The reasons behind the murder of ex-Syrian spy chief Rustom Ghazaleh

Abdulrahman al-Rashed
Abdulrahman al-Rashed
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Former Syrian political security chief Rustom Ghazaleh, one of the country’s most notorious figures for the past two decades, has died.

As with the deaths of other prominent figures in Bashar al-Assad’s regime, natural causes are seldom the case. In 2005, Ghazi Kanaan, who preceded Ghazaleh, was also murdered, but the Syrian government claimed that he committed suicide. Similarly, two years ago, military intelligence chief Jameh Jameh, one of former Lebanese Prime Minister Rafiq Hariri’s assassinators, was also killed.

Syria is the only country in the world where officials disappear and the regime then declares that suicide or mysterious circumstances were the reasons behind the deaths. In the case of Ghazaleh, some of the most circulated stories - including the semi-official ones - claim that he was killed after being beaten to death. Different governmental sources spread contradictory versions; the most ridiculous version is that he was heavily beaten because of a dispute with Rafiq Shehadeh, another security official, because the former insisted on participating in the fight against “terrorists” in his hometown Daraa.

I do not know if there are people who are stupid enough to believe such stories: fighting over national heroism. What is even more ironic is that the “killer” Shehadeh was rewarded a few days ago with a promotion to the post of the colleague he murdered.

Ghazaleh has most likely been killed by torture in prison, the regime did not seek to hide the story of the murder, though it had published contradictory rumors about how and why he was killed. The regime used to admit and announce the mysterious deaths of its officials in order to instill fear among top-tier hierarchy. The two murdered persons, Ghazaleh and Kanaan, had killed former Syrian Prime Minister Mahmoud Zuabi in 2000.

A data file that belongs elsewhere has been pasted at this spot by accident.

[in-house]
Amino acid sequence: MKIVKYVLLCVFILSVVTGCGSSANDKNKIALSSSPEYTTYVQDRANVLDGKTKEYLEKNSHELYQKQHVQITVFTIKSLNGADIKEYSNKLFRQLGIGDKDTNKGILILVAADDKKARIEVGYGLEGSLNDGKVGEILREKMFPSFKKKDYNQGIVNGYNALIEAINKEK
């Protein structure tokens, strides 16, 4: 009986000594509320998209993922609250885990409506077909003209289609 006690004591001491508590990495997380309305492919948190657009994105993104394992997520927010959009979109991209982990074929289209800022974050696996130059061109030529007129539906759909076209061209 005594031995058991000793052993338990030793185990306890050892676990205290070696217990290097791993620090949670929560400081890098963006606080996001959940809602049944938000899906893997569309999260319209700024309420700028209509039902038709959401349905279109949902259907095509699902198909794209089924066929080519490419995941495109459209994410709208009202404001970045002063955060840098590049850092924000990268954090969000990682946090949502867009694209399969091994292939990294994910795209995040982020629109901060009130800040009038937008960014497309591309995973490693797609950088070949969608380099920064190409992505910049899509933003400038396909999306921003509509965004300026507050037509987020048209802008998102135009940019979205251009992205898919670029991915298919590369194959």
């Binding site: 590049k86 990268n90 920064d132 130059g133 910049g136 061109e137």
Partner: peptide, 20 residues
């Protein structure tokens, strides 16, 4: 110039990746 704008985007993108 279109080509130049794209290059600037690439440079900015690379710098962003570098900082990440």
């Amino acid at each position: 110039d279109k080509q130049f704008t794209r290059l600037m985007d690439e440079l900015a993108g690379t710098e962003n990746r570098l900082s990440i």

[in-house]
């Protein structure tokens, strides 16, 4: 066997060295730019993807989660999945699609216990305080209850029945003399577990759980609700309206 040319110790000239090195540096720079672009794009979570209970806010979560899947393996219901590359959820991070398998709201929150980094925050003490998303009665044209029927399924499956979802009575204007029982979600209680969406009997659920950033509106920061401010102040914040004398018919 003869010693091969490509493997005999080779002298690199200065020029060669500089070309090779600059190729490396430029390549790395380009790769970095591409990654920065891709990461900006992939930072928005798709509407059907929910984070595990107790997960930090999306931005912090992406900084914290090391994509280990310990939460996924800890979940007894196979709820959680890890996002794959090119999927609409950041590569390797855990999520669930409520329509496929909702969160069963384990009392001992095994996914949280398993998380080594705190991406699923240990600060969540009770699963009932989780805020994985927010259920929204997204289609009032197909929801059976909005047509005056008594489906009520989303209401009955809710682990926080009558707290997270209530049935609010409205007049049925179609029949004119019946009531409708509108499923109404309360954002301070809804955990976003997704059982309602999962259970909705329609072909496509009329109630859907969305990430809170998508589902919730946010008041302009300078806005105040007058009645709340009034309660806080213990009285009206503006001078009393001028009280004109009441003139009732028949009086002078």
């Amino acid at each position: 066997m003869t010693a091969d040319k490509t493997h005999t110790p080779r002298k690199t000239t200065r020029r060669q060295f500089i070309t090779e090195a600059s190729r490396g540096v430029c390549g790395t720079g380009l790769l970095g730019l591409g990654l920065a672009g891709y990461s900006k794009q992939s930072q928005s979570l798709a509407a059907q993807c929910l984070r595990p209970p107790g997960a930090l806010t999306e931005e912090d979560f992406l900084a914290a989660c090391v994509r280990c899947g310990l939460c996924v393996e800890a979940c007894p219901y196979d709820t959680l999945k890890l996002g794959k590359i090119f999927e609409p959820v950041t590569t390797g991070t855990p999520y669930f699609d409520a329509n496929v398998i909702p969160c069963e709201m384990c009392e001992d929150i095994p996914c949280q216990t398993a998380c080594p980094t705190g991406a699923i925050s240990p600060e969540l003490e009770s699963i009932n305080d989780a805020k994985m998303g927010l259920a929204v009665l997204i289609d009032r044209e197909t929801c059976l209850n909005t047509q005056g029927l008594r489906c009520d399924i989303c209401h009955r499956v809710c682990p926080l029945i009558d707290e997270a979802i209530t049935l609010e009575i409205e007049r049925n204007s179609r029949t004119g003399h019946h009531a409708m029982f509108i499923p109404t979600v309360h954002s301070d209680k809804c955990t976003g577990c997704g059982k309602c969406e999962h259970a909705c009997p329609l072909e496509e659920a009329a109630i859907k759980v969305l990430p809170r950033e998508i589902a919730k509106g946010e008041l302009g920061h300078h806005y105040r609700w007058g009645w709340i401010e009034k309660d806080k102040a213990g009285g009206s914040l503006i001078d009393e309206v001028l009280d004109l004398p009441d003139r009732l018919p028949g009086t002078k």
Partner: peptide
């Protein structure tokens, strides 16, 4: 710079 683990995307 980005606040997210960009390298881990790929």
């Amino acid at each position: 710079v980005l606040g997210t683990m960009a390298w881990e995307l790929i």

Syria is the only country in the world where officials disappear and the regime then declares that suicide or mysterious circumstances were the reasons behind the deaths

Abdulrahman al-Rashed

And there are many reasons as for why Ghazaleh was killed. His death might be in relation with Rana Koleilat, head of Lebanon’s al-Madina Bank who fled to Brazil after the collapse of the lender, and her published confessions in Lebanese weekly al-Shiraa. She talked about Ghazaleh and his wife blackmailing her and claimed that they had looted tens of millions of dollars.

She revealed horrible stories about how he used to threaten her and the bank’s staff, during his stay in Lebanon. However, the Syrian regime has never punished his men for their personal actions, but instead, it used to encourage them and reward them for their ferocity and their ability to control their assigned regions regardless of the methods.

In order to understand the mystery of Ghazaleh’s murder, we should not forget that he was questoined by the Special Tribunal for Lebanon trying suspects for Hariri’s assassination, as he was also on the list of suspects. His death, like most of the murdered Syrian officials who were involved in Hariri’s killing, was in mysterious circumstances. The third possibility is that Ghazaleh had decided to defect and that was a sufficient reason to kill him.

Few leaders of the Syrian regime are still alive - as most of them were either killed or went missing. Assad, with the help of his Iranian allies, is now preparing for a new era of rehabilitation to lead a new political phase under the pretext that it is the only one that can fight and defeat terrorist organizations. Ghazaleh’s murder reminds people of how cruel and tyrannical the regime is; however it can never convince them that the regime has changed.

This article was first published in Asharq al-Awsat on April 25, 2015.

Abdulrahman al-Rashed is the former General Manager of Al Arabiya News Channel. A veteran and internationally acclaimed journalist, he is a former editor-in-chief of the London-based leading Arab daily Asharq al-Awsat, where he still regularly writes a political column. He has also served as the editor of Asharq al-Awsat’s sister publication, al-Majalla. Throughout his career, Rashed has interviewed several world leaders, with his articles garnering worldwide recognition, and he has successfully led Al Arabiya to the highly regarded, thriving and influential position it is in today.

Disclaimer: Views expressed by writers in this section are their own and do not reflect Al Arabiya English's point-of-view.
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